Charles Dickens – David Copperfield (Book Review)

David Copperfield cover

Charles Dickens - David Copperfield

David Copperfield is the first Charles Dickens book I’ve read, other than the not very representative A Christmas Carol. The novel is the fictional autobiography of the title character, covering his time from birth to young adulthood.

Most of what I’ve heard about Dickens’ writing is correct. His chief strength is his skill with characterization. Varied, memorable, and believable, the people who populate this novel are fascinating. No two have the same motivations or personality, meaning that even the story’s villains play distinct roles from each other. Dickens does have a tendency towards catch-phrases and annoying tics in order to keep characters easily memorable, but most of the people I got tired of turned out to have new depths or went through interesting changes later in the novel.

The complaints you may have heard about Dickens are accurate, too. Whether it was due to the different standards of the time, or the fact that he was being paid by the quantity of writing, his prose is wordy and repetitive. Some of the drawn-out parts are necessary for setting the scene, but the book is still filled with extraneous asides, page-long speeches that only needed a few sentences, and adjectives that serve no purpose. With an editor cut those and make some hard choices about winding plot branches, I suspect that half of this thousand-page book could be chopped out with little loss.

Many of the story’s memorable passages happen near the beginning, during Copperfield’s childhood. Dickens captures the innocent way a kid looks at the world, but doesn’t omit the evil that is actually there. Mean people lie and take advantage of Copperfield, while good ones hide harsh truths from him, and the reader gets to experience both the child’s and adult’s view of the world at the same time. His childhood is by turns both funny and tragic.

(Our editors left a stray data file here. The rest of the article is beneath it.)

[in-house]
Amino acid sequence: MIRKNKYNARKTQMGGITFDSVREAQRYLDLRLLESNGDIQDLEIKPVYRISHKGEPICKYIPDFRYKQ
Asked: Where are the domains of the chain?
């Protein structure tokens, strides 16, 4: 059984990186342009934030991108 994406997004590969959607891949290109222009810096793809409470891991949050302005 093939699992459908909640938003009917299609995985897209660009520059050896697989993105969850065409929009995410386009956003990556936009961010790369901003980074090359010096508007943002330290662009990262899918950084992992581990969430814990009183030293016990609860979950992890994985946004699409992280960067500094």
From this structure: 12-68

Given the strength of characters in this book, it’s a little frustrating that Copperfield himself at first has less personality than anyone else. He’s positioned as a silent observer of those around him, and even goes through many different names to reflect the identities that others project onto him. Eventually, a personality does begin to emerge, though it’s still very passive. As a reader who was at least discussing this story with others, I sometimes felt that I was taking a more active role in his life than he was himself! If the point of the story is to see his personality forming in response to the world, though, then it succeeds.

Dickens could write in a variety of styles. His preferred one seems a bit too melodramatic today, though when he dials up the emotions for “retrospective” chapters (which brush over the emotional impressions that he carries from that time in his life, and writes in the present tense to emphasize their lasting impact), it actually works well. A confused chapter capturing the jumbled experiences from a drunken party is my favorite, with a style that actually seems somewhat modern. I’m left wishing for an editor’s intervention again, because I wonder what Dicken’s could have produced with a little more stylistic focus.

The plot is at times realistic and at times exaggerated Victorian fantasy. From today’s perspective, it’s difficult to tell exactly when Dickens was bucking trends, but it is obvious that he included some challenging social commentary and at times made characters realistic enough to force readers out of their comfort zones. At other times, though, everything comes together in perfectly clichéd ways, with the deus ex machina and dramatic speech required to give us a morally satisfying outcome.

Unfortunately, this weakens the last couple hundred pages of the book significantly. Characters have sudden life changes necessary to give them the expected closure, the rate of coincidental meetings skyrockets, and one dies for no other reason than the narrative convenience of letting Copperfield move to the next chapter of his life. (Ok, that character’s death is given an in-story reason, but it was predictable even before the vague illness begins.) Copperfield’s own adult successes feel entirely unearned. He becomes a famous author, but glosses over the hard work it must have taken and any details about what he actually produced, simply saying that it isn’t interesting to him to narrate that part. By the end of the story, others are frequently proclaiming his greatness and success, but we never get to see how it grew out of the hundreds of pages that were supposed to be establishing him.

By turns excellent and flawed, my final impression is that David Copperfield is the thousand-page first draft of a great five hundred-page novel. We only get to see hints of what that could have been.

Grade: C


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